But I think this explanation lets me off the hook to easily. As much as I hate to admit it, I think keeping in contact with him might have been a form of reprisal; when I was a jobless twenty-three-year-old, I recall Goodman trying to manipulate me by asserting his dominance—he would constantly tout the length of his phallus as well as its virility. At the time, he didn’t proposition me in as far as I can remember and, naïve as I was at the time, I was willing to believe that he was not a sexual predator, just a sexual competitor. And I tried to compete with his bragging. Later, after I began to categorize him in the same vein as the other sexual predators I had met in Washington—yes, there are many Wes Goodmans in the Republican Party—I developed a slightly sadistic pleasure in denying any innuendo of what he desired. I started aggressively emphasizing my heterosexuality in our exchanges. By that point, I was more confident in my masculinity. I had left Washington, entered graduate school and enlisted as a military reservist; on the latter score, to my surprise as much as anyone else, I turned out to be quite good. This, more than anything, restored my confidence to take on the messiness of the world with wandering steps and slow without relying on perverse mentors like Wes Goodman.

I did have doubts about the course I chose. I only knew him as a deviant, not a predator. But I don’t think this necessarily lets me off the hook. I should have thought about how his work brought him into contact with dozens of male teenagers; I should have thought about how he had brothers in high school and those brothers may have had friends endangered by his presence. I used to tell myself that if I had evidence that Goodman had sexually assaulted anyone, I would out him immediately. Retrospectively, this was a cop out. When we lived nearly a thousand miles apart, how would I have known such information? I knew I couldn’t. That was why I applied this standard. And that is one of the two reasons why I have not chosen to de-friend Goodman from my Facebook page. I don’t deserve to walk away from this as though it never happened.

But what, I have been wondering, is to become of Wes after this scandal? I cannot say. The Catholic Church used to have institutions for such men; hermetic existence far in the wilderness where such men could escape their history. American evangelicalism has none of this. It has only the outer darkness. Ask Ted Haggard. But I hope that Wes is, like me, a sinner with a future. And this is the second reason that I have not de-friended him yet. Now is the time for him to heartily repent of his sins, believe in Jesus Christ and sincerely and honestly intend by the help of God and the Holy Spirit henceforth to amend his life. Often, the journey in sackcloth and ashes is a lonesome one and one fraught with depression. I have been there. But I hope that if Wes intends to make it, he realizes he doesn’t have to do so alone. I don’t intend to let him down—again.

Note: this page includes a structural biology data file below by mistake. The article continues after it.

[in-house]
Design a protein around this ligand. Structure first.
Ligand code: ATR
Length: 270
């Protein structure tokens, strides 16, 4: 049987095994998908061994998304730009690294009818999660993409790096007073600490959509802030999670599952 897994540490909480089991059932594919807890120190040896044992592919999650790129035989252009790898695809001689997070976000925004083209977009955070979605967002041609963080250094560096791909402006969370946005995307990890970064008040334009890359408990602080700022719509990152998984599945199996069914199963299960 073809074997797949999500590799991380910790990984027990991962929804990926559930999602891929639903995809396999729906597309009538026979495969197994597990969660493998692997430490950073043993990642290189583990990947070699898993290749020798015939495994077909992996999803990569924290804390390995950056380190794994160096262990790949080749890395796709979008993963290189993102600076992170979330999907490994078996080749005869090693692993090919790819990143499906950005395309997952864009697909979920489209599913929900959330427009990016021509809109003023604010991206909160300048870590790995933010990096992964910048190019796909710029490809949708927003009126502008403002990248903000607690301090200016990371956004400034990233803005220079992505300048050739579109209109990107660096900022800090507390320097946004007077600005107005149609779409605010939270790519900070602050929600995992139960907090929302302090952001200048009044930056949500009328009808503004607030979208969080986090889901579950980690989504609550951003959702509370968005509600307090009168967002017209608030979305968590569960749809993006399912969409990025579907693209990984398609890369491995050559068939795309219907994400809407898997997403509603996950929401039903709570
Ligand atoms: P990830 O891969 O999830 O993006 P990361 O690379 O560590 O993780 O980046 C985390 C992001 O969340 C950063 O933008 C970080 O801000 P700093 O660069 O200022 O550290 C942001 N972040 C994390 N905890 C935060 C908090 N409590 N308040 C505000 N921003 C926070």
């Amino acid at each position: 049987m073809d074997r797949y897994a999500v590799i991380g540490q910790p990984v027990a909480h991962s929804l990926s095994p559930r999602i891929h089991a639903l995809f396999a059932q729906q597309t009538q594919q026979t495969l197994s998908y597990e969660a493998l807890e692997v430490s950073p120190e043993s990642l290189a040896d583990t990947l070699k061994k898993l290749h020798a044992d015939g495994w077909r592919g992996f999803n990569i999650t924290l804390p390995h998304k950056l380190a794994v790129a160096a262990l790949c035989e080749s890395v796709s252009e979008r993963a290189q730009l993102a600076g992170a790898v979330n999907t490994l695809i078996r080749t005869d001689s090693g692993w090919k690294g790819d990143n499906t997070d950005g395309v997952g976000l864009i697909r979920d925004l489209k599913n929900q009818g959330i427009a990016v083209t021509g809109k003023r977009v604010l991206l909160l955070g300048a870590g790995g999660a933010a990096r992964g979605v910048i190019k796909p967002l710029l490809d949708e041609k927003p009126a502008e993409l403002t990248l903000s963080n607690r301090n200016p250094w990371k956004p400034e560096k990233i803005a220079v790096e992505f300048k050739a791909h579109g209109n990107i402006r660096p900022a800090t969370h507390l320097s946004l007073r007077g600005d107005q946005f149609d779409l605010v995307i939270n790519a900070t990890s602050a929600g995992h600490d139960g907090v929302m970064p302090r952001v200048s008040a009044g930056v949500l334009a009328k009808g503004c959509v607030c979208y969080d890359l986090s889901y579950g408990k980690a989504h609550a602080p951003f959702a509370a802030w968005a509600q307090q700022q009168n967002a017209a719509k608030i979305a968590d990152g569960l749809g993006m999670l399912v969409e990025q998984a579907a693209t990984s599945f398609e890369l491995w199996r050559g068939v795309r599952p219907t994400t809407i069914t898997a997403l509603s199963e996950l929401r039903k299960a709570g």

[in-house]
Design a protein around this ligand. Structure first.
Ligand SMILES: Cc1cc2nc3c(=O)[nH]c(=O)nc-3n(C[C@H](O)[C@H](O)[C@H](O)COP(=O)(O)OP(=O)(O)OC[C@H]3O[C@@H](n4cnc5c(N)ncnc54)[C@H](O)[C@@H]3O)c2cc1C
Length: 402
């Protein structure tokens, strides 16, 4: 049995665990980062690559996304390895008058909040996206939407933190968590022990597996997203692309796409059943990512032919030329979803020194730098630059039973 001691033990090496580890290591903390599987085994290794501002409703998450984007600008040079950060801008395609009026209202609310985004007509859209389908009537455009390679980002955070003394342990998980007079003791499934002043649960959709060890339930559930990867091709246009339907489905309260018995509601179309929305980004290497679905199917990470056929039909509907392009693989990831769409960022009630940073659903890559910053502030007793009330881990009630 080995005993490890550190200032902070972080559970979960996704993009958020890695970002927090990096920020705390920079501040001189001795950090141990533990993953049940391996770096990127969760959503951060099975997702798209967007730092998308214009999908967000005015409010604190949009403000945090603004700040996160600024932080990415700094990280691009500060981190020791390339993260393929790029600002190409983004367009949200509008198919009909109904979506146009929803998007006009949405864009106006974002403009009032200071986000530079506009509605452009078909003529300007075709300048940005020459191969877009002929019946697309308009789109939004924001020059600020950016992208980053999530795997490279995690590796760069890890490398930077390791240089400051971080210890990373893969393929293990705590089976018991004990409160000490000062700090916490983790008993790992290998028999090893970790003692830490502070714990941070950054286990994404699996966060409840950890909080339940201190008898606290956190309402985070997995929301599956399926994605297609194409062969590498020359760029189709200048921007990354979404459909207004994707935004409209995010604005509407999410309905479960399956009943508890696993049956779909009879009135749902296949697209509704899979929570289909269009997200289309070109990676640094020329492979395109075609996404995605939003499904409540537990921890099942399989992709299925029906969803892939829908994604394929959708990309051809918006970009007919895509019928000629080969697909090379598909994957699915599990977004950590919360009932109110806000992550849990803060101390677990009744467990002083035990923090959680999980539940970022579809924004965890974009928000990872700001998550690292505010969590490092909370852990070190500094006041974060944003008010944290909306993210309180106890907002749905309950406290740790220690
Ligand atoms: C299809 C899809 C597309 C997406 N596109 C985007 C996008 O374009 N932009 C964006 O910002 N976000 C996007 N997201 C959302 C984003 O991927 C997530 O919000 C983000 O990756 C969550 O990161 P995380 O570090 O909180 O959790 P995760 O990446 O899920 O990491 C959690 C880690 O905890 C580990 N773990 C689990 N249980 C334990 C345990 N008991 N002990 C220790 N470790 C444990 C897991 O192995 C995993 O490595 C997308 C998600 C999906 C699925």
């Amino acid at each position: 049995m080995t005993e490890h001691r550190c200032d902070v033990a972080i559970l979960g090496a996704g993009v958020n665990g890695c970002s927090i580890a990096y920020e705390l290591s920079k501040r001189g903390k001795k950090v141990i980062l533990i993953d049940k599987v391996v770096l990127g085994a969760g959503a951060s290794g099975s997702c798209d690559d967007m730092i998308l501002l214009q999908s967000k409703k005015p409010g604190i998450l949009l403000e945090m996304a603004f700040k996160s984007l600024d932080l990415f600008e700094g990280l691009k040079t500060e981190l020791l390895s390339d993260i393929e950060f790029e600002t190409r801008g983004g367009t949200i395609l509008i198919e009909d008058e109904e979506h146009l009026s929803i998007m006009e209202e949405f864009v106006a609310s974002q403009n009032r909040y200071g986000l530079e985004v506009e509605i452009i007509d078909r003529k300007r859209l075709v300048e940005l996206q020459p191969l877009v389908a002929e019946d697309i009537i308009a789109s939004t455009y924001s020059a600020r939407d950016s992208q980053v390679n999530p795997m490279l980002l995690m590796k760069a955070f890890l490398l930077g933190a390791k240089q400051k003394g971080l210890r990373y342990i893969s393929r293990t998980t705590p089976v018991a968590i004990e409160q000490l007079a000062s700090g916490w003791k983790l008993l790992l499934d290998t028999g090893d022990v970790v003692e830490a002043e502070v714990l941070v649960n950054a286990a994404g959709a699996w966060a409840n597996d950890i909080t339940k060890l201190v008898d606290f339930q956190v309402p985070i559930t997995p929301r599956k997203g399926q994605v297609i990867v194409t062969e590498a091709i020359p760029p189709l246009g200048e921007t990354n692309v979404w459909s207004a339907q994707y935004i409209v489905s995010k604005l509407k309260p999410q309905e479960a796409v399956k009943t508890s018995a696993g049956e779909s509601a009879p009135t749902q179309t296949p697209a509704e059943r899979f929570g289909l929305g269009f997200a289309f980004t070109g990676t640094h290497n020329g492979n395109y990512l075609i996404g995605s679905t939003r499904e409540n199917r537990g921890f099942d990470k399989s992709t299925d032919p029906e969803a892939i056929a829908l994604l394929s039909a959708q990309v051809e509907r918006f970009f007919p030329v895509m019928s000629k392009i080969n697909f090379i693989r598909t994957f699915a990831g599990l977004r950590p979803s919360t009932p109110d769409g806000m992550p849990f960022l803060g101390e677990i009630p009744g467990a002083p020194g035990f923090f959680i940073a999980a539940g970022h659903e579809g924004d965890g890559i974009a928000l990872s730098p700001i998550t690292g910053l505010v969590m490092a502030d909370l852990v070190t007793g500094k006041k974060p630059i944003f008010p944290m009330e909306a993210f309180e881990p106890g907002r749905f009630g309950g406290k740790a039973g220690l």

about the author

Rod Dreher is a senior editor at The American Conservative. He has written and edited for the New York Post, The Dallas Morning News, National Review, the South Florida Sun-Sentinel, the Washington Times, and the Baton Rouge Advocate. Rod’s commentary has been published in The Wall Street Journal, Commentary, the Weekly Standard, Beliefnet, and Real Simple, among other publications, and he has appeared on NPR, ABC News, CNN, Fox News, MSNBC, and the BBC. He lives in Baton Rouge, Louisiana, with his wife Julie and their three children. He has also written four books, The Little Way of Ruthie Leming, Crunchy Cons, How Dante Can Save Your Life, and The Benedict Option.